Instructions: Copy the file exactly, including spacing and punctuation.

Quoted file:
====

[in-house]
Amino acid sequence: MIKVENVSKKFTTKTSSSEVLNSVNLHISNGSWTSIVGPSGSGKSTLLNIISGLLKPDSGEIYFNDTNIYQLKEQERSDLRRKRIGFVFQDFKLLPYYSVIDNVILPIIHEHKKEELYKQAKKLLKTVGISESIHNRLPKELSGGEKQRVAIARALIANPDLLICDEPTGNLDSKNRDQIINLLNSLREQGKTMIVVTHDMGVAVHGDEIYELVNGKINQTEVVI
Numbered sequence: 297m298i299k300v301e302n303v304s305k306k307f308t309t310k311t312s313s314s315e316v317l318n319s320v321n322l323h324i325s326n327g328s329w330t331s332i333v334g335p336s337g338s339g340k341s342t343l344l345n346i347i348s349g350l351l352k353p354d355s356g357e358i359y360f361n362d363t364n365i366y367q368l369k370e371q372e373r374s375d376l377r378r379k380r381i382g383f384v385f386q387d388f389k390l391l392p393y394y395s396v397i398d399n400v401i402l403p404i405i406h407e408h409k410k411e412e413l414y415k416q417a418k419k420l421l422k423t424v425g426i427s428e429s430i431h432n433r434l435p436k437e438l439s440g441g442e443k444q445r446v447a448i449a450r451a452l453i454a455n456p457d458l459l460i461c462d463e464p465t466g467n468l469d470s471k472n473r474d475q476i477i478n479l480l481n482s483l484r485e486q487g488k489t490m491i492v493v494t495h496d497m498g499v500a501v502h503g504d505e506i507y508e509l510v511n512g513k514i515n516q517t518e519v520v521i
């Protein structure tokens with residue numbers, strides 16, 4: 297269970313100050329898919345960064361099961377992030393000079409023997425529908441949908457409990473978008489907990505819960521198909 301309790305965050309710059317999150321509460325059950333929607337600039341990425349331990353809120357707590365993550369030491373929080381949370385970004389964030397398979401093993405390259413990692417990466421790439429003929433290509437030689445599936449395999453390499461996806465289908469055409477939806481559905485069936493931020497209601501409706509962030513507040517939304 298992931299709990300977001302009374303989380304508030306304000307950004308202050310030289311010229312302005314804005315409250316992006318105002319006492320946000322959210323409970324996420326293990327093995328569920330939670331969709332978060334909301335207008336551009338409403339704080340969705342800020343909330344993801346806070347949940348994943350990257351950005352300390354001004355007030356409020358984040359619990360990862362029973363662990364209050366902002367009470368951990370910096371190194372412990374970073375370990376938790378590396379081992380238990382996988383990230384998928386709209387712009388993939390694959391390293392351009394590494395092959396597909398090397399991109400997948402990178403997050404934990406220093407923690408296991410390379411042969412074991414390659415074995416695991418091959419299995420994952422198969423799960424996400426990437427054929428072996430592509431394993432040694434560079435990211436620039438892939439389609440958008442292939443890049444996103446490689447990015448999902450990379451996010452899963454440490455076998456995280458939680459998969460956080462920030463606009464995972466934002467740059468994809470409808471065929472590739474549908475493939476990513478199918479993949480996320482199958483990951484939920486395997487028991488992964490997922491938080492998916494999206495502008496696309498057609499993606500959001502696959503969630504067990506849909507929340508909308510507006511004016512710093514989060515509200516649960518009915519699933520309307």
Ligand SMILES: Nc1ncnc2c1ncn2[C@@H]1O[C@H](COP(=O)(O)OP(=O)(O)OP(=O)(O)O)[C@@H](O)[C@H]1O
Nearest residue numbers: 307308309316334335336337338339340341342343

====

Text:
[in-house]
Amino acid sequence: MIKVENVSKKFTTKTSSSEVLNSVNLHISNGSWTSIVGPSGSGKSTLLNIISGLLKPDSGEIYFNDTNIYQLKEQERSDLRRKRIGFVFQDFKLLPYYSVIDNVILPIIHEHKKEELYKQAKKLLKTVGISESIHNRLPKELSGGEKQRVAIARALIANPDLLICDEPTGNLDSKNRDQIINLLNSLREQGKTMIVVTHDMGVAVHGDEIYELVNGKINQTEVVI
Numbered sequence: 297m298i299k300v301e302n303v304s305k306k307f308t309t310k311t312s313s314s315e316v317l318n319s320v321n322l323h324i325s326n327g328s329w330t331s332i333v334g335p336s337g338s339g340k341s342t343l344l345n346i347i348s349g350l351l352k353p354d355s356g357e358i359y360f361n362d363t364n365i366y367q368l369k370e371q372e373r374s375d376l377r378r379k380r381i382g383f384v385f386q387d388f389k390l391l392p393y394y395s396v397i398d399n400v401i402l403p404i405i406h407e408h409k410k411e412e413l414y415k416q417a418k419k420l421l422k423t424v425g426i427s428e429s430i431h432n433r434l435p436k437e438l439s440g441g442e443k444q445r446v447a448i449a450r451a452l453i454a455n456p457d458l459l460i461c462d463e464p465t466g467n468l469d470s471k472n473r474d475q476i477i478n479l480l481n482s483l484r485e486q487g488k489t490m491i492v493v494t495h496d497m498g499v500a501v502h503g504d505e506i507y508e509l510v511n512g513k514i515n516q517t518e519v520v521i
């Protein structure tokens with residue numbers, strides 16, 4: 297269970313100050329898919345960064361099961377992030393000079409023997425529908441949908457409990473978008489907990505819960521198909 301309790305965050309710059317999150321509460325059950333929607337600039341990425349331990353809120357707590365993550369030491373929080381949370385970004389964030397398979401093993405390259413990692417990466421790439429003929433290509437030689445599936449395999453390499461996806465289908469055409477939806481559905485069936493931020497209601501409706509962030513507040517939304 298992931299709990300977001302009374303989380304508030306304000307950004308202050310030289311010229312302005314804005315409250316992006318105002319006492320946000322959210323409970324996420326293990327093995328569920330939670331969709332978060334909301335207008336551009338409403339704080340969705342800020343909330344993801346806070347949940348994943350990257351950005352300390354001004355007030356409020358984040359619990360990862362029973363662990364209050366902002367009470368951990370910096371190194372412990374970073375370990376938790378590396379081992380238990382996988383990230384998928386709209387712009388993939390694959391390293392351009394590494395092959396597909398090397399991109400997948402990178403997050404934990406220093407923690408296991410390379411042969412074991414390659415074995416695991418091959419299995420994952422198969423799960424996400426990437427054929428072996430592509431394993432040694434560079435990211436620039438892939439389609440958008442292939443890049444996103446490689447990015448999902450990379451996010452899963454440490455076998456995280458939680459998969460956080462920030463606009464995972466934002467740059468994809470409808471065929472590739474549908475493939476990513478199918479993949480996320482199958483990951484939920486395997487028991488992964490997922491938080492998916494999206495502008496696309498057609499993606500959001502696959503969630504067990506849909507929340508909308510507006511004016512710093514989060515509200516649960518009915519699933520309307």
Ligand SMILES: Nc1ncnc2c1ncn2[C@@H]1O[C@H](COP(=O)(O)OP(=O)(O)OP(=O)(O)O)[C@@H](O)[C@H]1O
Nearest residue numbers: 307308309316334335336337338339340341342343